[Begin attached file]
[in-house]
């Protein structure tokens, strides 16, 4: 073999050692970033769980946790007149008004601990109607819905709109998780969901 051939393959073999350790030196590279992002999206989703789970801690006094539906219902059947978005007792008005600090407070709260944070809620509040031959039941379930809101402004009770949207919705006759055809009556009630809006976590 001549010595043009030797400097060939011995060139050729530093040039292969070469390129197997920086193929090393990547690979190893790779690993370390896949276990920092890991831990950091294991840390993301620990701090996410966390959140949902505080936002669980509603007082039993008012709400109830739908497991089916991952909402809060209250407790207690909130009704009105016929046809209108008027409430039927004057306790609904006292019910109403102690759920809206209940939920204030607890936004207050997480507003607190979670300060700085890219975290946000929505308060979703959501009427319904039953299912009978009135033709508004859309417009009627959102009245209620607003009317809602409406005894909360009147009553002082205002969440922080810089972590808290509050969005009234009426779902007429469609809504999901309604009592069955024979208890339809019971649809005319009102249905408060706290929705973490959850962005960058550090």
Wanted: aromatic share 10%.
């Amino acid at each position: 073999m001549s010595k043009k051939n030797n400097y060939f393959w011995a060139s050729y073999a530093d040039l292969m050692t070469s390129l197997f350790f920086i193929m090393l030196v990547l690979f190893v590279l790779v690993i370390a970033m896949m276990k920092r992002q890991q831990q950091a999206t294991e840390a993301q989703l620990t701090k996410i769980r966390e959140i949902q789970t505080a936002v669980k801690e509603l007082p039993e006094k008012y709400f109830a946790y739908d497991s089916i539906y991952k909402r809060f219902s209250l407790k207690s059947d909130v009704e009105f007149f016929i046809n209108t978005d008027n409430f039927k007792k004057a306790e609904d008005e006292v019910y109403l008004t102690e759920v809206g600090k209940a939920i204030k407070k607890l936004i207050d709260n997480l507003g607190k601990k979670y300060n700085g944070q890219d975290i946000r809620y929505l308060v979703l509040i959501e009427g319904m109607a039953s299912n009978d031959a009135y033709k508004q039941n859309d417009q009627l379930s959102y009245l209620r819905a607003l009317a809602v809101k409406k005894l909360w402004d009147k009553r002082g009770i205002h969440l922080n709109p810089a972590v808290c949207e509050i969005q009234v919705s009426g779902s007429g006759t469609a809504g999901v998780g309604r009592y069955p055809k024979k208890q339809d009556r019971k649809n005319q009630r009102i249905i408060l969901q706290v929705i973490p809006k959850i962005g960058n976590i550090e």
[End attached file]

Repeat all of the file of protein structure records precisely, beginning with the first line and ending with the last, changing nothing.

[in-house]
């Protein structure tokens, strides 16, 4: 073999050692970033769980946790007149008004601990109607819905709109998780969901 051939393959073999350790030196590279992002999206989703789970801690006094539906219902059947978005007792008005600090407070709260944070809620509040031959039941379930809101402004009770949207919705006759055809009556009630809006976590 001549010595043009030797400097060939011995060139050729530093040039292969070469390129197997920086193929090393990547690979190893790779690993370390896949276990920092890991831990950091294991840390993301620990701090996410966390959140949902505080936002669980509603007082039993008012709400109830739908497991089916991952909402809060209250407790207690909130009704009105016929046809209108008027409430039927004057306790609904006292019910109403102690759920809206209940939920204030607890936004207050997480507003607190979670300060700085890219975290946000929505308060979703959501009427319904039953299912009978009135033709508004859309417009009627959102009245209620607003009317809602409406005894909360009147009553002082205002969440922080810089972590808290509050969005009234009426779902007429469609809504999901309604009592069955024979208890339809019971649809005319009102249905408060706290929705973490959850962005960058550090």
Wanted: aromatic share 10%.
């Amino acid at each position: 073999m001549s010595k043009k051939n030797n400097y060939f393959w011995a060139s050729y073999a530093d040039l292969m050692t070469s390129l197997f350790f920086i193929m090393l030196v990547l690979f190893v590279l790779v690993i370390a970033m896949m276990k920092r992002q890991q831990q950091a999206t294991e840390a993301q989703l620990t701090k996410i769980r966390e959140i949902q789970t505080a936002v669980k801690e509603l007082p039993e006094k008012y709400f109830a946790y739908d497991s089916i539906y991952k909402r809060f219902s209250l407790k207690s059947d909130v009704e009105f007149f016929i046809n209108t978005d008027n409430f039927k007792k004057a306790e609904d008005e006292v019910y109403l008004t102690e759920v809206g600090k209940a939920i204030k407070k607890l936004i207050d709260n997480l507003g607190k601990k979670y300060n700085g944070q890219d975290i946000r809620y929505l308060v979703l509040i959501e009427g319904m109607a039953s299912n009978d031959a009135y033709k508004q039941n859309d417009q009627l379930s959102y009245l209620r819905a607003l009317a809602v809101k409406k005894l909360w402004d009147k009553r002082g009770i205002h969440l922080n709109p810089a972590v808290c949207e509050i969005q009234v919705s009426g779902s007429g006759t469609a809504g999901v998780g309604r009592y069955p055809k024979k208890q339809d009556r019971k649809n005319q009630r009102i249905i408060l969901q706290v929705i973490p809006k959850i962005g960058n976590i550090e």